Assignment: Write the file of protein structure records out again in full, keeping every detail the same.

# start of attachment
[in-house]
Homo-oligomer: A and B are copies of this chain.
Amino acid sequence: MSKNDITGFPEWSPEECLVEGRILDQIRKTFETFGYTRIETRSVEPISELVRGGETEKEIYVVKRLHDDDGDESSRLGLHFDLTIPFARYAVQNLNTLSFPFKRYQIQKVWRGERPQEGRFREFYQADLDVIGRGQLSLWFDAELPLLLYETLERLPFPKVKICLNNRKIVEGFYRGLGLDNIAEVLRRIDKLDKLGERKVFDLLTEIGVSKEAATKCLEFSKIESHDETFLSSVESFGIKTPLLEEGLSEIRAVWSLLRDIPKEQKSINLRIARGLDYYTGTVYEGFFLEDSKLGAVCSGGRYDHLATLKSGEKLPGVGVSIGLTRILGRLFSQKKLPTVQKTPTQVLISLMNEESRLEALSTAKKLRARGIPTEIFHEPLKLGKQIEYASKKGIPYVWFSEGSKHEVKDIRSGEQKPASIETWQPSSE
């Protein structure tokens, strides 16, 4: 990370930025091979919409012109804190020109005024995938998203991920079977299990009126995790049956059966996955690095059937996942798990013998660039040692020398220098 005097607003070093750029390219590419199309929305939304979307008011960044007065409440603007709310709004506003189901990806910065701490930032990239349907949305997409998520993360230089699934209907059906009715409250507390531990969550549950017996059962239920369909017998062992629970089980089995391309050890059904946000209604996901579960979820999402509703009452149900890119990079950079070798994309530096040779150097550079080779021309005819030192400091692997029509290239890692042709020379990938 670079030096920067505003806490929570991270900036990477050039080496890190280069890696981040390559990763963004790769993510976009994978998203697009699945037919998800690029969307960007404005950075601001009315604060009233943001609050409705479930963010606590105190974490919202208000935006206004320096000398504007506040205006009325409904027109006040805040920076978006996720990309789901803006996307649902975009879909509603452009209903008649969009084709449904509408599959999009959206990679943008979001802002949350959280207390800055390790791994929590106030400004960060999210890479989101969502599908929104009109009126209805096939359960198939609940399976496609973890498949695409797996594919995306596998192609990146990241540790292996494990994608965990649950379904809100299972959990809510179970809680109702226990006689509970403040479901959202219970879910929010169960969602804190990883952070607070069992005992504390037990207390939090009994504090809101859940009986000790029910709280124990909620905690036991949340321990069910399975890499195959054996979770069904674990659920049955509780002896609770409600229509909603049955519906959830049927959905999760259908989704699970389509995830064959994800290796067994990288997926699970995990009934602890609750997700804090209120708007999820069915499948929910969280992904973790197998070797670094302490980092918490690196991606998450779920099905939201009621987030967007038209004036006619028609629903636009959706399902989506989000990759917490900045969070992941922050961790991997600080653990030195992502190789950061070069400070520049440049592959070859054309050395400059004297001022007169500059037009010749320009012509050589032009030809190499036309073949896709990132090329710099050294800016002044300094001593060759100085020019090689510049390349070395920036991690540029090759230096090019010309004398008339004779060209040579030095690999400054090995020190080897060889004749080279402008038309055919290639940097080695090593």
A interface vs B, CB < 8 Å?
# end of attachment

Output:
[in-house]
Homo-oligomer: A and B are copies of this chain.
Amino acid sequence: MSKNDITGFPEWSPEECLVEGRILDQIRKTFETFGYTRIETRSVEPISELVRGGETEKEIYVVKRLHDDDGDESSRLGLHFDLTIPFARYAVQNLNTLSFPFKRYQIQKVWRGERPQEGRFREFYQADLDVIGRGQLSLWFDAELPLLLYETLERLPFPKVKICLNNRKIVEGFYRGLGLDNIAEVLRRIDKLDKLGERKVFDLLTEIGVSKEAATKCLEFSKIESHDETFLSSVESFGIKTPLLEEGLSEIRAVWSLLRDIPKEQKSINLRIARGLDYYTGTVYEGFFLEDSKLGAVCSGGRYDHLATLKSGEKLPGVGVSIGLTRILGRLFSQKKLPTVQKTPTQVLISLMNEESRLEALSTAKKLRARGIPTEIFHEPLKLGKQIEYASKKGIPYVWFSEGSKHEVKDIRSGEQKPASIETWQPSSE
């Protein structure tokens, strides 16, 4: 990370930025091979919409012109804190020109005024995938998203991920079977299990009126995790049956059966996955690095059937996942798990013998660039040692020398220098 005097607003070093750029390219590419199309929305939304979307008011960044007065409440603007709310709004506003189901990806910065701490930032990239349907949305997409998520993360230089699934209907059906009715409250507390531990969550549950017996059962239920369909017998062992629970089980089995391309050890059904946000209604996901579960979820999402509703009452149900890119990079950079070798994309530096040779150097550079080779021309005819030192400091692997029509290239890692042709020379990938 670079030096920067505003806490929570991270900036990477050039080496890190280069890696981040390559990763963004790769993510976009994978998203697009699945037919998800690029969307960007404005950075601001009315604060009233943001609050409705479930963010606590105190974490919202208000935006206004320096000398504007506040205006009325409904027109006040805040920076978006996720990309789901803006996307649902975009879909509603452009209903008649969009084709449904509408599959999009959206990679943008979001802002949350959280207390800055390790791994929590106030400004960060999210890479989101969502599908929104009109009126209805096939359960198939609940399976496609973890498949695409797996594919995306596998192609990146990241540790292996494990994608965990649950379904809100299972959990809510179970809680109702226990006689509970403040479901959202219970879910929010169960969602804190990883952070607070069992005992504390037990207390939090009994504090809101859940009986000790029910709280124990909620905690036991949340321990069910399975890499195959054996979770069904674990659920049955509780002896609770409600229509909603049955519906959830049927959905999760259908989704699970389509995830064959994800290796067994990288997926699970995990009934602890609750997700804090209120708007999820069915499948929910969280992904973790197998070797670094302490980092918490690196991606998450779920099905939201009621987030967007038209004036006619028609629903636009959706399902989506989000990759917490900045969070992941922050961790991997600080653990030195992502190789950061070069400070520049440049592959070859054309050395400059004297001022007169500059037009010749320009012509050589032009030809190499036309073949896709990132090329710099050294800016002044300094001593060759100085020019090689510049390349070395920036991690540029090759230096090019010309004398008339004779060209040579030095690999400054090995020190080897060889004749080279402008038309055919290639940097080695090593």
A interface vs B, CB < 8 Å?